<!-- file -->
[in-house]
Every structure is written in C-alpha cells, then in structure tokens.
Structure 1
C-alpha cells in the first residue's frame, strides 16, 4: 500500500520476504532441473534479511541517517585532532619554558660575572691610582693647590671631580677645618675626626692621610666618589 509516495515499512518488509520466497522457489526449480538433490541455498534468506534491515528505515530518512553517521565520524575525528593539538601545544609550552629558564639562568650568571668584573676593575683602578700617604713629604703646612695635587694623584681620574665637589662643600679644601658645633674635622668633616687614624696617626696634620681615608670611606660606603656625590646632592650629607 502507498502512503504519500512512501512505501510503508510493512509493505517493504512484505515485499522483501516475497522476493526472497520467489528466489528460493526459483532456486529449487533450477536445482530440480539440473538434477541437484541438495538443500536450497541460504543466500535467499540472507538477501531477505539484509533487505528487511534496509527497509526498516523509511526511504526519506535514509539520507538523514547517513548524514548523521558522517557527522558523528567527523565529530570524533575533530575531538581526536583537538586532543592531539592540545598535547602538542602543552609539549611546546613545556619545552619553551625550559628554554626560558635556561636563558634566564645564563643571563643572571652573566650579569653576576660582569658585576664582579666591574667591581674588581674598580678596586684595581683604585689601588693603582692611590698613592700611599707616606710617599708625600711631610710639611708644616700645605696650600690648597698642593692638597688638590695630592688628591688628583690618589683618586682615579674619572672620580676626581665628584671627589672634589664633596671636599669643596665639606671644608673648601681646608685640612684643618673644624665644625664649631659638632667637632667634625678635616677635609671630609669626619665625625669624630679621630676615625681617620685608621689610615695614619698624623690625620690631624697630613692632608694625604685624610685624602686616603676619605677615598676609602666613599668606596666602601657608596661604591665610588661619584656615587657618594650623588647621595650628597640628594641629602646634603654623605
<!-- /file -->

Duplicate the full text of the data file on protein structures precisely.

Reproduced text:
[in-house]
Every structure is written in C-alpha cells, then in structure tokens.
Structure 1
C-alpha cells in the first residue's frame, strides 16, 4: 500500500520476504532441473534479511541517517585532532619554558660575572691610582693647590671631580677645618675626626692621610666618589 509516495515499512518488509520466497522457489526449480538433490541455498534468506534491515528505515530518512553517521565520524575525528593539538601545544609550552629558564639562568650568571668584573676593575683602578700617604713629604703646612695635587694623584681620574665637589662643600679644601658645633674635622668633616687614624696617626696634620681615608670611606660606603656625590646632592650629607 502507498502512503504519500512512501512505501510503508510493512509493505517493504512484505515485499522483501516475497522476493526472497520467489528466489528460493526459483532456486529449487533450477536445482530440480539440473538434477541437484541438495538443500536450497541460504543466500535467499540472507538477501531477505539484509533487505528487511534496509527497509526498516523509511526511504526519506535514509539520507538523514547517513548524514548523521558522517557527522558523528567527523565529530570524533575533530575531538581526536583537538586532543592531539592540545598535547602538542602543552609539549611546546613545556619545552619553551625550559628554554626560558635556561636563558634566564645564563643571563643572571652573566650579569653576576660582569658585576664582579666591574667591581674588581674598580678596586684595581683604585689601588693603582692611590698613592700611599707616606710617599708625600711631610710639611708644616700645605696650600690648597698642593692638597688638590695630592688628591688628583690618589683618586682615579674619572672620580676626581665628584671627589672634589664633596671636599669643596665639606671644608673648601681646608685640612684643618673644624665644625664649631659638632667637632667634625678635616677635609671630609669626619665625625669624630679621630676615625681617620685608621689610615695614619698624623690625620690631624697630613692632608694625604685624610685624602686616603676619605677615598676609602666613599668606596666602601657608596661604591665610588661619584656615587657618594650623588647621595650628597640628594641629602646634603654623605